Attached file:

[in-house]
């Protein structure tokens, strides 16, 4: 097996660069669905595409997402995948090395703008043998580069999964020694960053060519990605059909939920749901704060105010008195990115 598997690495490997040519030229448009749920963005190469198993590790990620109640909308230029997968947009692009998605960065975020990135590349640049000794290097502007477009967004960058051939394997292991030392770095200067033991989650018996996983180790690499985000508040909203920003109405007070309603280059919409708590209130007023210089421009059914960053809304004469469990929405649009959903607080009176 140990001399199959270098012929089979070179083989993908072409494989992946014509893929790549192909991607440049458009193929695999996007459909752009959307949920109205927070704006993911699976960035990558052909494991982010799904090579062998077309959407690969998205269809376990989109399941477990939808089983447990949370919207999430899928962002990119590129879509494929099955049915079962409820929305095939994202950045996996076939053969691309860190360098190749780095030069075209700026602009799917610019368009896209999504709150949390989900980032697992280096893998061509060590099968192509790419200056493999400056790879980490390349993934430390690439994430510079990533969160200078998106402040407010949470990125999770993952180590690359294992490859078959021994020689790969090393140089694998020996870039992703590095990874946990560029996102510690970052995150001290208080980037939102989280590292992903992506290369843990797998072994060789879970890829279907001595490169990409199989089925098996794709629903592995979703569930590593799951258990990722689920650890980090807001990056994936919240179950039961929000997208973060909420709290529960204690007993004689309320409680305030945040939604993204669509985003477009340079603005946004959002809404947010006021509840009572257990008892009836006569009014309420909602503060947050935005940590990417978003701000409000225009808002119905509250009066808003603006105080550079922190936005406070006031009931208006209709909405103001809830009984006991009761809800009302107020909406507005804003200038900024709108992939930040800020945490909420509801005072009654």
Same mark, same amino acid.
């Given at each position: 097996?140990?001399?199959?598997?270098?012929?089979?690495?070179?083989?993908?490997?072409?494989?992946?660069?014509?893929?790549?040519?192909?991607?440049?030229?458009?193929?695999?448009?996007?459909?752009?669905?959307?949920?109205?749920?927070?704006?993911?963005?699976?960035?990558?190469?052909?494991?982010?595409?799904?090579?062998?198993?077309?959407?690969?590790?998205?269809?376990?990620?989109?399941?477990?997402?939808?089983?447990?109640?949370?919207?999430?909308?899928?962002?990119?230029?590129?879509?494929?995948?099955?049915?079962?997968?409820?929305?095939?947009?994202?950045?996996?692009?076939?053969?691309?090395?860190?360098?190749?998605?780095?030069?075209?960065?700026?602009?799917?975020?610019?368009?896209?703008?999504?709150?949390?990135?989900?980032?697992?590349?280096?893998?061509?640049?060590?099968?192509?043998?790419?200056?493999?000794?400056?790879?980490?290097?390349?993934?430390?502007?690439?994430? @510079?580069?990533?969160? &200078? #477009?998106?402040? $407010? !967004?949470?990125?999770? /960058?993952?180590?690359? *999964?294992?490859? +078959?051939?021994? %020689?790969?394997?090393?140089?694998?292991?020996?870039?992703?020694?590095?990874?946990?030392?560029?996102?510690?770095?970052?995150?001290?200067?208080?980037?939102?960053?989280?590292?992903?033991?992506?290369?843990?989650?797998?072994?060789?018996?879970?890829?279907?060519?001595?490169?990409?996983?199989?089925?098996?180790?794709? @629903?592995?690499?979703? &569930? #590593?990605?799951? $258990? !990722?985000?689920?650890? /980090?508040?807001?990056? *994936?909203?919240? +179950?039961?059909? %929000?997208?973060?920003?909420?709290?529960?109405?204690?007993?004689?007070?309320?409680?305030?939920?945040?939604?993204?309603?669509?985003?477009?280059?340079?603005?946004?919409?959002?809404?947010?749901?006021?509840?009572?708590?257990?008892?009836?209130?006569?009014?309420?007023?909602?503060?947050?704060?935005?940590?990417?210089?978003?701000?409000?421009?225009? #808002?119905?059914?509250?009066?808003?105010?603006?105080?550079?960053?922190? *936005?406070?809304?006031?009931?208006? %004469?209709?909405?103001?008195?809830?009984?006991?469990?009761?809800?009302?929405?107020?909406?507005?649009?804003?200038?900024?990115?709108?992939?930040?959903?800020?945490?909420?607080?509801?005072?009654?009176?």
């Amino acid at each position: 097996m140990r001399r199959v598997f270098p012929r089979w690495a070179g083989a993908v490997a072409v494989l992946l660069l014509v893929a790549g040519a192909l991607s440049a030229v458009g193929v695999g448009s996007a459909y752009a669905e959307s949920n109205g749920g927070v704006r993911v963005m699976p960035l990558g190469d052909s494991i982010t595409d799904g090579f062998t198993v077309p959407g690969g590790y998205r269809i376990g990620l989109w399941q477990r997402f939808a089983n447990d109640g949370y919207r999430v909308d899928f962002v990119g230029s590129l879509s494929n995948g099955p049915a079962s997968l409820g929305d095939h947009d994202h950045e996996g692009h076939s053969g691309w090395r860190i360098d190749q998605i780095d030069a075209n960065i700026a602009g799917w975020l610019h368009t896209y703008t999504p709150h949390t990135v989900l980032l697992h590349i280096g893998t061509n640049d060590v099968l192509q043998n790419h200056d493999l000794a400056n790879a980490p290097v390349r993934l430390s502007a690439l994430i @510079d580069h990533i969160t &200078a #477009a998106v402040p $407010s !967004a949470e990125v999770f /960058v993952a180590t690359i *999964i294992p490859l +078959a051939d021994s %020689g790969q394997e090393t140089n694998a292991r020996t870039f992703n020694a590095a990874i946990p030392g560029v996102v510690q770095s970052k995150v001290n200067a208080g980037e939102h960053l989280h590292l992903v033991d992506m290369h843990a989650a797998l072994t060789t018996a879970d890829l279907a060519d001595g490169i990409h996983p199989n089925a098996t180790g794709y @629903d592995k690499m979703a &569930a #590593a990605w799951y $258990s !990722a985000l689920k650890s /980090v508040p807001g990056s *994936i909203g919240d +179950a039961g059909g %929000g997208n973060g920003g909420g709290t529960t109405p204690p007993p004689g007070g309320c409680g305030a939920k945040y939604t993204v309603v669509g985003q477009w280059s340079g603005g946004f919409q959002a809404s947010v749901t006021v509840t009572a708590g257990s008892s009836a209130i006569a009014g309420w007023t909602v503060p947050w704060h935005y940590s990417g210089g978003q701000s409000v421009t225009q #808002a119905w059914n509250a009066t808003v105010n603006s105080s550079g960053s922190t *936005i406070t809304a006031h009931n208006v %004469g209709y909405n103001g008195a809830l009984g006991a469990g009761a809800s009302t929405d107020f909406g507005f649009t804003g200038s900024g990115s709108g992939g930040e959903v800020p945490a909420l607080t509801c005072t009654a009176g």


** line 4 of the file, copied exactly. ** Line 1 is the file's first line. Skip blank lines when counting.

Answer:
């Given at each position: 097996?140990?001399?199959?598997?270098?012929?089979?690495?070179?083989?993908?490997?072409?494989?992946?660069?014509?893929?790549?040519?192909?991607?440049?030229?458009?193929?695999?448009?996007?459909?752009?669905?959307?949920?109205?749920?927070?704006?993911?963005?699976?960035?990558?190469?052909?494991?982010?595409?799904?090579?062998?198993?077309?959407?690969?590790?998205?269809?376990?990620?989109?399941?477990?997402?939808?089983?447990?109640?949370?919207?999430?909308?899928?962002?990119?230029?590129?879509?494929?995948?099955?049915?079962?997968?409820?929305?095939?947009?994202?950045?996996?692009?076939?053969?691309?090395?860190?360098?190749?998605?780095?030069?075209?960065?700026?602009?799917?975020?610019?368009?896209?703008?999504?709150?949390?990135?989900?980032?697992?590349?280096?893998?061509?640049?060590?099968?192509?043998?790419?200056?493999?000794?400056?790879?980490?290097?390349?993934?430390?502007?690439?994430? @510079?580069?990533?969160? &200078? #477009?998106?402040? $407010? !967004?949470?990125?999770? /960058?993952?180590?690359? *999964?294992?490859? +078959?051939?021994? %020689?790969?394997?090393?140089?694998?292991?020996?870039?992703?020694?590095?990874?946990?030392?560029?996102?510690?770095?970052?995150?001290?200067?208080?980037?939102?960053?989280?590292?992903?033991?992506?290369?843990?989650?797998?072994?060789?018996?879970?890829?279907?060519?001595?490169?990409?996983?199989?089925?098996?180790?794709? @629903?592995?690499?979703? &569930? #590593?990605?799951? $258990? !990722?985000?689920?650890? /980090?508040?807001?990056? *994936?909203?919240? +179950?039961?059909? %929000?997208?973060?920003?909420?709290?529960?109405?204690?007993?004689?007070?309320?409680?305030?939920?945040?939604?993204?309603?669509?985003?477009?280059?340079?603005?946004?919409?959002?809404?947010?749901?006021?509840?009572?708590?257990?008892?009836?209130?006569?009014?309420?007023?909602?503060?947050?704060?935005?940590?990417?210089?978003?701000?409000?421009?225009? #808002?119905?059914?509250?009066?808003?105010?603006?105080?550079?960053?922190? *936005?406070?809304?006031?009931?208006? %004469?209709?909405?103001?008195?809830?009984?006991?469990?009761?809800?009302?929405?107020?909406?507005?649009?804003?200038?900024?990115?709108?992939?930040?959903?800020?945490?909420?607080?509801?005072?009654?009176?």